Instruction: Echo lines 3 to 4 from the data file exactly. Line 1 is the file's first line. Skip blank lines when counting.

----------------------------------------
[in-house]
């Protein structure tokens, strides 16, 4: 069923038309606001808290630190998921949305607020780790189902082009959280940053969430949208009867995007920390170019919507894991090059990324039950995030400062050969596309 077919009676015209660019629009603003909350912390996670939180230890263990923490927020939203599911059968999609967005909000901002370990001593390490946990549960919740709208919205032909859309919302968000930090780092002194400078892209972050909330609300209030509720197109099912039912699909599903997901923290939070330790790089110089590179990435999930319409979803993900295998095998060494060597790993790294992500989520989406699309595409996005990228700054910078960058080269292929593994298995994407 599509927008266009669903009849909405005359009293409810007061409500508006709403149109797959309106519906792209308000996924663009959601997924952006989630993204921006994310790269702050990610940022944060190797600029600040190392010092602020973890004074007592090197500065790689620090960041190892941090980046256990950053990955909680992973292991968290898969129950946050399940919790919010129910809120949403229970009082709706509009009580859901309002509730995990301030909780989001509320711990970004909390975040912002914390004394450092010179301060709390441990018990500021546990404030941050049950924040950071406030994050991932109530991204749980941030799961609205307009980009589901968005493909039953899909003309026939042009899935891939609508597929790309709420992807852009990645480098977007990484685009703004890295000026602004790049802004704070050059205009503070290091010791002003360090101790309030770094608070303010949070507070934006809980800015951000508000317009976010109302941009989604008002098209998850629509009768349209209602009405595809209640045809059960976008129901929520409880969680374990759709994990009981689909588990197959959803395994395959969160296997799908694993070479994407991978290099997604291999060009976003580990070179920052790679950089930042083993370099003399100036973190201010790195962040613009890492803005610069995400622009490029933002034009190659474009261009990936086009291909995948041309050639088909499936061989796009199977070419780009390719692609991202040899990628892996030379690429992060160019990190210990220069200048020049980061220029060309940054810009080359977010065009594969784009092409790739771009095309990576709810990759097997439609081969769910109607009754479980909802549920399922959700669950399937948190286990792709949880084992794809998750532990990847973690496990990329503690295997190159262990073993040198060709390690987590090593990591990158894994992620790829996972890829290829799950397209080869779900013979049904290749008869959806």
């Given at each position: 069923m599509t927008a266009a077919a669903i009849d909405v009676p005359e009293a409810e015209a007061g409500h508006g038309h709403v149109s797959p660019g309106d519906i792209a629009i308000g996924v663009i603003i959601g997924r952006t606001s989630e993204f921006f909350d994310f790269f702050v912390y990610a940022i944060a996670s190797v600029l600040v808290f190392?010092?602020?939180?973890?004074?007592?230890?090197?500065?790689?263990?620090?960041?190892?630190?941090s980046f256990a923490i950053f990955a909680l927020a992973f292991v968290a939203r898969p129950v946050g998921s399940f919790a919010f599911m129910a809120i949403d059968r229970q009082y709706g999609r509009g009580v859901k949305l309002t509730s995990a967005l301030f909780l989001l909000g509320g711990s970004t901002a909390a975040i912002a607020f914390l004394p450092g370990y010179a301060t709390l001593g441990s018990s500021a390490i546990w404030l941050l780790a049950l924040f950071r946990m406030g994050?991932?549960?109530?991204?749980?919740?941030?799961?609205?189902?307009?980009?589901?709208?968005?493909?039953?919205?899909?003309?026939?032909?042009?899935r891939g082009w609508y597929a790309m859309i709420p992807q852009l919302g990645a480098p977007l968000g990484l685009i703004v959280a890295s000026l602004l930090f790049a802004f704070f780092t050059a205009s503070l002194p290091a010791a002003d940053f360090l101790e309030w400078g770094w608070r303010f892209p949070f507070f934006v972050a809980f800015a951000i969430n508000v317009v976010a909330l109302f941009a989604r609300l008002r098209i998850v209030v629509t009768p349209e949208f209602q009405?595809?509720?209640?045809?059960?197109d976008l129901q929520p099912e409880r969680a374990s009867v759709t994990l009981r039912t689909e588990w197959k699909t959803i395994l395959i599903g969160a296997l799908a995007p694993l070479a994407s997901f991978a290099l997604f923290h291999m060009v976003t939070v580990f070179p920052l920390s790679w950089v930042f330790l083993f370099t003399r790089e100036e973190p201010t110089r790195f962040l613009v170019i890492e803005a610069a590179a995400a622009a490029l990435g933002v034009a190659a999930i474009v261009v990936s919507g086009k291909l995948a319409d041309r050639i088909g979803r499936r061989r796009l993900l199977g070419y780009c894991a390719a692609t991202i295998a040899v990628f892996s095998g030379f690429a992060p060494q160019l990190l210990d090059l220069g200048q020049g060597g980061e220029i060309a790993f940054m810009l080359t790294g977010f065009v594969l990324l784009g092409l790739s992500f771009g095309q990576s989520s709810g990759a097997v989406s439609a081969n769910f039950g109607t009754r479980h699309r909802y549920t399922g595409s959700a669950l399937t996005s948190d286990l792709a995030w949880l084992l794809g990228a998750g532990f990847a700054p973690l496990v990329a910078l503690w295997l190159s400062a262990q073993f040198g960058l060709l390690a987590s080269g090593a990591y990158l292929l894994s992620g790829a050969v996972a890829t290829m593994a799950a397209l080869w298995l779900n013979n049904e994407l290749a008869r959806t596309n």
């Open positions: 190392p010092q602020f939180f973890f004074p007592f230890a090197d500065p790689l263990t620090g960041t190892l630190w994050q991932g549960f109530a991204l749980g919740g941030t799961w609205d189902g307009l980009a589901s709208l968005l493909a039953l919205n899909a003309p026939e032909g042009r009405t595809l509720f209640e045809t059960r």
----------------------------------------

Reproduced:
């Given at each position: 069923m599509t927008a266009a077919a669903i009849d909405v009676p005359e009293a409810e015209a007061g409500h508006g038309h709403v149109s797959p660019g309106d519906i792209a629009i308000g996924v663009i603003i959601g997924r952006t606001s989630e993204f921006f909350d994310f790269f702050v912390y990610a940022i944060a996670s190797v600029l600040v808290f190392?010092?602020?939180?973890?004074?007592?230890?090197?500065?790689?263990?620090?960041?190892?630190?941090s980046f256990a923490i950053f990955a909680l927020a992973f292991v968290a939203r898969p129950v946050g998921s399940f919790a919010f599911m129910a809120i949403d059968r229970q009082y709706g999609r509009g009580v859901k949305l309002t509730s995990a967005l301030f909780l989001l909000g509320g711990s970004t901002a909390a975040i912002a607020f914390l004394p450092g370990y010179a301060t709390l001593g441990s018990s500021a390490i546990w404030l941050l780790a049950l924040f950071r946990m406030g994050?991932?549960?109530?991204?749980?919740?941030?799961?609205?189902?307009?980009?589901?709208?968005?493909?039953?919205?899909?003309?026939?032909?042009?899935r891939g082009w609508y597929a790309m859309i709420p992807q852009l919302g990645a480098p977007l968000g990484l685009i703004v959280a890295s000026l602004l930090f790049a802004f704070f780092t050059a205009s503070l002194p290091a010791a002003d940053f360090l101790e309030w400078g770094w608070r303010f892209p949070f507070f934006v972050a809980f800015a951000i969430n508000v317009v976010a909330l109302f941009a989604r609300l008002r098209i998850v209030v629509t009768p349209e949208f209602q009405?595809?509720?209640?045809?059960?197109d976008l129901q929520p099912e409880r969680a374990s009867v759709t994990l009981r039912t689909e588990w197959k699909t959803i395994l395959i599903g969160a296997l799908a995007p694993l070479a994407s997901f991978a290099l997604f923290h291999m060009v976003t939070v580990f070179p920052l920390s790679w950089v930042f330790l083993f370099t003399r790089e100036e973190p201010t110089r790195f962040l613009v170019i890492e803005a610069a590179a995400a622009a490029l990435g933002v034009a190659a999930i474009v261009v990936s919507g086009k291909l995948a319409d041309r050639i088909g979803r499936r061989r796009l993900l199977g070419y780009c894991a390719a692609t991202i295998a040899v990628f892996s095998g030379f690429a992060p060494q160019l990190l210990d090059l220069g200048q020049g060597g980061e220029i060309a790993f940054m810009l080359t790294g977010f065009v594969l990324l784009g092409l790739s992500f771009g095309q990576s989520s709810g990759a097997v989406s439609a081969n769910f039950g109607t009754r479980h699309r909802y549920t399922g595409s959700a669950l399937t996005s948190d286990l792709a995030w949880l084992l794809g990228a998750g532990f990847a700054p973690l496990v990329a910078l503690w295997l190159s400062a262990q073993f040198g960058l060709l390690a987590s080269g090593a990591y990158l292929l894994s992620g790829a050969v996972a890829t290829m593994a799950a397209l080869w298995l779900n013979n049904e994407l290749a008869r959806t596309n």
């Open positions: 190392p010092q602020f939180f973890f004074p007592f230890a090197d500065p790689l263990t620090g960041t190892l630190w994050q991932g549960f109530a991204l749980g919740g941030t799961w609205d189902g307009l980009a589901s709208l968005l493909a039953l919205n899909a003309p026939e032909g042009r009405t595809l509720f209640e045809t059960r």